The Network for End of Life Studies (NELS) carries out an ongoing program of end of life care research. NELS is led by two Dalhousie University researchers: Dr Grace Johnston, School of Health Administration and Dr Fred Burge, Department of Family Medicine. NELS began in Halifax, Nova Scotia, Canada, in the mid 1990’s. The core research has been retrospective studies using linked health administrative databases for Nova Scotia. Visiting Scholars, Trainees and local networking have been key components.
Grants from the Canadian Institute of Health Research (CIHR) and other research funders, and in-kind support, have contributed to the development of NELS. Many peer-reviewed papers have been published and numerous poster and oral presentations have been made at national and international conferences. NELS findings have been disseminated through issues of NELS News and this website. NELS research findings have informed palliative and end of life care development and assessment locally, nationally and internationally.
Plans include the creation of an endowed palliative care research chair and obtaining more research grants. Our most recently funded projects are ABC-SC and an NSHRF-funded study to identify transitions in care settings.
A multi-year CIHR funded Interdisciplinary Capacity Enhancement (ICE) grant extended the work of NELS and facilitated the development of an interdisciplinary team of researchers. In collaboration with a community of institutional partners , we were able to conduct research in the various factors that comprise vulnerability at end of life and identify disparities and inequities in end of life care. The principal goals of NELS ICE were to build capacity and create new knowledge, inform decision-makers and assist in developing policies and interventions to overcome inequities in publicly funded end of life care for vulnerable individuals with terminal disease, and their families.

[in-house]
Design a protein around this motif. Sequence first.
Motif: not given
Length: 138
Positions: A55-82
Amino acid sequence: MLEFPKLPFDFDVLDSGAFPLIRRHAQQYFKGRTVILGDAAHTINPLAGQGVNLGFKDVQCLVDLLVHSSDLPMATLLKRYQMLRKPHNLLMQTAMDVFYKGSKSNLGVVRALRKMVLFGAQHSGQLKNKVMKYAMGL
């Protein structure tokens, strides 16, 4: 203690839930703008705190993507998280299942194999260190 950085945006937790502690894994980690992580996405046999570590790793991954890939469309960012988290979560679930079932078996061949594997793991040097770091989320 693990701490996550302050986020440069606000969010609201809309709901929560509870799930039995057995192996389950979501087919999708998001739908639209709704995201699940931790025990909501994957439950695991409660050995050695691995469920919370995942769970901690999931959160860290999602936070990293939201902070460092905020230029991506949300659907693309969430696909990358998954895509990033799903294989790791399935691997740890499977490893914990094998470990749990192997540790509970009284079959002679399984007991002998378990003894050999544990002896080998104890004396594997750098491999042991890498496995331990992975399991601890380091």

The Surveillance and Epidemiology Unit of Cancer Care Nova Scotia and Dr Paul McIntyre, Director of the Capital Health Integrated Palliative Care program, among others were key partners. The first ten years of record linkage research development is summarized as a poster, Ten Years of Research on Access to and Predictors of End of Life Cancer Care, Nova Scotia, Canada [PDF], and on pages 4-5 of NELS News 5 [PDF]. Our initial funder was Health Canada. Our initial peer review journal publication was in 1998 in the Canadian Medical Association Journal and was the only paper with empirical study data on this Special Issue on palliative care.